Edgar Allan Poe secured a permanent place among world authors as father of the short story, creator of the detective story, and/poetic genius. While he has an international reputation, Poe consciously identified himself as a Southern writer.
Poe may not often come to mind as a Southern writer because he did not write about the South the way Simms or, later, Faulkner did. Philosophically opposed to the use of literature for didactic purposes, Poe did not make the South the object of his writing. Nonetheless, his stories resonate with the attitudes and interests one might expect from a young Virginia gentleman educated at the University of Virginia and West Point.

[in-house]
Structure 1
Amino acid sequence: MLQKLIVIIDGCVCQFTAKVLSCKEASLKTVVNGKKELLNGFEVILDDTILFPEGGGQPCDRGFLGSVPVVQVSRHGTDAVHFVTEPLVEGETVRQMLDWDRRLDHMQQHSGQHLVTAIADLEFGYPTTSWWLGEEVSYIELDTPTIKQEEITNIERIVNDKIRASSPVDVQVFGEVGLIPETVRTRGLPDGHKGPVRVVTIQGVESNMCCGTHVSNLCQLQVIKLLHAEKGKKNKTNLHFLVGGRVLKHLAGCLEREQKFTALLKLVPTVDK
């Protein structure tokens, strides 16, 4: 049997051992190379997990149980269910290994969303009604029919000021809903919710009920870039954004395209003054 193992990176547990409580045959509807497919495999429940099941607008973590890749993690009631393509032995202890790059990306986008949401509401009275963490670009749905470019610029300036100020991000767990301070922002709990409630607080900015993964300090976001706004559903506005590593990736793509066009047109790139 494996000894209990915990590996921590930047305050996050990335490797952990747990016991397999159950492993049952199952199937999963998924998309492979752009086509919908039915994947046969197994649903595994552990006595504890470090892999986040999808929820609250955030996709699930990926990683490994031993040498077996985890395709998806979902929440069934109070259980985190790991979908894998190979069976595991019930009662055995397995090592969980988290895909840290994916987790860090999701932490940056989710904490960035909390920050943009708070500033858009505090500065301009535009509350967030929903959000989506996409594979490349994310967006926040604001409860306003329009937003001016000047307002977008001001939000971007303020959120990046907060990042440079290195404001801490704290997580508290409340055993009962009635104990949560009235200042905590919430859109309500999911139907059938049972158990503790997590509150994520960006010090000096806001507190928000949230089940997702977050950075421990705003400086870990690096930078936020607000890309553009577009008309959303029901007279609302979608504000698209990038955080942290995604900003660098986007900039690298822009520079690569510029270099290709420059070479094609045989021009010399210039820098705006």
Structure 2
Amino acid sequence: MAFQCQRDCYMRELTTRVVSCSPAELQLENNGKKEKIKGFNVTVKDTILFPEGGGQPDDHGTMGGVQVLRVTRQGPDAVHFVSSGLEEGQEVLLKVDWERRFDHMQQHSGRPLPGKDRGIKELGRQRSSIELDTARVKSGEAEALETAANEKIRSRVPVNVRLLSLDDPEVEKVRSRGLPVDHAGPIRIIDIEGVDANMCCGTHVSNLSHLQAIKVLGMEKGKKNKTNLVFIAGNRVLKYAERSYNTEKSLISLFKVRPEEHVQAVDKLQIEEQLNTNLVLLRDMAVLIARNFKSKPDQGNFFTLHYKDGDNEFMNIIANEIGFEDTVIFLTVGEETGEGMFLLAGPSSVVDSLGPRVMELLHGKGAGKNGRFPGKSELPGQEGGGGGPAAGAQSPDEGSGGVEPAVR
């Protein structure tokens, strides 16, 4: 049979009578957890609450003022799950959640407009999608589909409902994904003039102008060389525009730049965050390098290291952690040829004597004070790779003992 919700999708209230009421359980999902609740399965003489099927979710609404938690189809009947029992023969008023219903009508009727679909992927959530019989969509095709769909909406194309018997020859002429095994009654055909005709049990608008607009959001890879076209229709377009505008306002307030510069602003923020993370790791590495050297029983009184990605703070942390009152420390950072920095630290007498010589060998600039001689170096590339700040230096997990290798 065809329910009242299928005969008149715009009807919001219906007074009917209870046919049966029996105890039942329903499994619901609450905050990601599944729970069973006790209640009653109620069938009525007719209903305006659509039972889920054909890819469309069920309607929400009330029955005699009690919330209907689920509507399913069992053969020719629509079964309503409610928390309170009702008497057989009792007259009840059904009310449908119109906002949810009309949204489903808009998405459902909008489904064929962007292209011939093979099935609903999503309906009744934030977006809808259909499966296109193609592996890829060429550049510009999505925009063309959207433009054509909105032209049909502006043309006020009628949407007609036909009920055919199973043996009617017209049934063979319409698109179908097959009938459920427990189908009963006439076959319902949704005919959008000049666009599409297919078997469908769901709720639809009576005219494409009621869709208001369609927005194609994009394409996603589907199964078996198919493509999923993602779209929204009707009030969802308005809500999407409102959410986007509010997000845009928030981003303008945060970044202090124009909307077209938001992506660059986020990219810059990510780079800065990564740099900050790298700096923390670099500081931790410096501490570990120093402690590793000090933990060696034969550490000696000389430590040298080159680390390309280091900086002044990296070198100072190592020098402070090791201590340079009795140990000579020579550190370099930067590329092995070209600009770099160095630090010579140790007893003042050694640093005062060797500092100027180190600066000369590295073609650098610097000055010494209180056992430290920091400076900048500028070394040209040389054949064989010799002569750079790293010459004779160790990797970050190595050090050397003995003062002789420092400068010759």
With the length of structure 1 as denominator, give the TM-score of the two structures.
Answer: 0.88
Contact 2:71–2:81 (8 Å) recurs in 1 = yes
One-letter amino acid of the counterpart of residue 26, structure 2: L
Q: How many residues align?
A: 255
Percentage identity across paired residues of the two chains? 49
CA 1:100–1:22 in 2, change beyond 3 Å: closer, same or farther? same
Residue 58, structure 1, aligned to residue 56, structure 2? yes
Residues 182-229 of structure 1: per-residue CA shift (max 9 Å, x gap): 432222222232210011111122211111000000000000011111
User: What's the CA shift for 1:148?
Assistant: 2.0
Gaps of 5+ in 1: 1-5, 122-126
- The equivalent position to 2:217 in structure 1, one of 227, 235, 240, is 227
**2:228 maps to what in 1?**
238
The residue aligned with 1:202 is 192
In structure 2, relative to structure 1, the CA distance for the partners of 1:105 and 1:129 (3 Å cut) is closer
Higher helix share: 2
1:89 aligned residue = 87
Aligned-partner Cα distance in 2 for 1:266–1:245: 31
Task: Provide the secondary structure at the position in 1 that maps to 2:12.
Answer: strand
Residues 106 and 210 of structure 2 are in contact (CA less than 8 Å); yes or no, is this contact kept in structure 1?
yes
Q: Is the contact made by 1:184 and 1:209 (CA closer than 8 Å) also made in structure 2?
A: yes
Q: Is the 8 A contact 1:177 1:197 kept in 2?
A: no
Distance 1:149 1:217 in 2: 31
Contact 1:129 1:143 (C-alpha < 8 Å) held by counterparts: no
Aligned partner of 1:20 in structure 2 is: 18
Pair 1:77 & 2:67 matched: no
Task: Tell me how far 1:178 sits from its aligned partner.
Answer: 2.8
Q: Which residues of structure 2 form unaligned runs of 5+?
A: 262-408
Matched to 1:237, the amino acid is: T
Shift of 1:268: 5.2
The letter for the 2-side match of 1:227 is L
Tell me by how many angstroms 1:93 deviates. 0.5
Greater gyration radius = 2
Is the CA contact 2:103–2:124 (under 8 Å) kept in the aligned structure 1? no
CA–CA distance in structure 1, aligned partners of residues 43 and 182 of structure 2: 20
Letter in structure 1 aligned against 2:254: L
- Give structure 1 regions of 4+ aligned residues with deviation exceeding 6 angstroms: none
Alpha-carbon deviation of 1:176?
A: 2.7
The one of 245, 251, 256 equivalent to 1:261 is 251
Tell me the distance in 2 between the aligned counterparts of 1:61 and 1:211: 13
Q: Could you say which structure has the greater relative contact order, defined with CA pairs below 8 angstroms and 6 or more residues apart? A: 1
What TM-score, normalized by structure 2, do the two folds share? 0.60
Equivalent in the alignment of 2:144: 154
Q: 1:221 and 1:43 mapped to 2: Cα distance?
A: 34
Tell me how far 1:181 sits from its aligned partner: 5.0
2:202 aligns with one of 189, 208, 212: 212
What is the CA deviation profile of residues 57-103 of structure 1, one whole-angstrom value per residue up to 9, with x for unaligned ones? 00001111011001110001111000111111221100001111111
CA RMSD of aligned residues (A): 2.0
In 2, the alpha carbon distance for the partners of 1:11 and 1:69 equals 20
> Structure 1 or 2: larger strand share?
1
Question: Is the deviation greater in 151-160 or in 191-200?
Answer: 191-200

His sojourn in South Carolina had a subtle influence on the setting for many of his stories and poems. The sea, the marshes, the deep semi-tropical forests hung with Spanish moss, the forbidding swamps, and the narrow causeway approaches to isolated plantation manors formed the setting for such stories as “The Gold Bug,” “The Oblong Box,” “The Man that was Used Up,” “The Balloon Hoax,” “The Fall of the House of Usher,” and “Annabel Lee.” Poe also pioneered in the introduction of black characters in American fiction.
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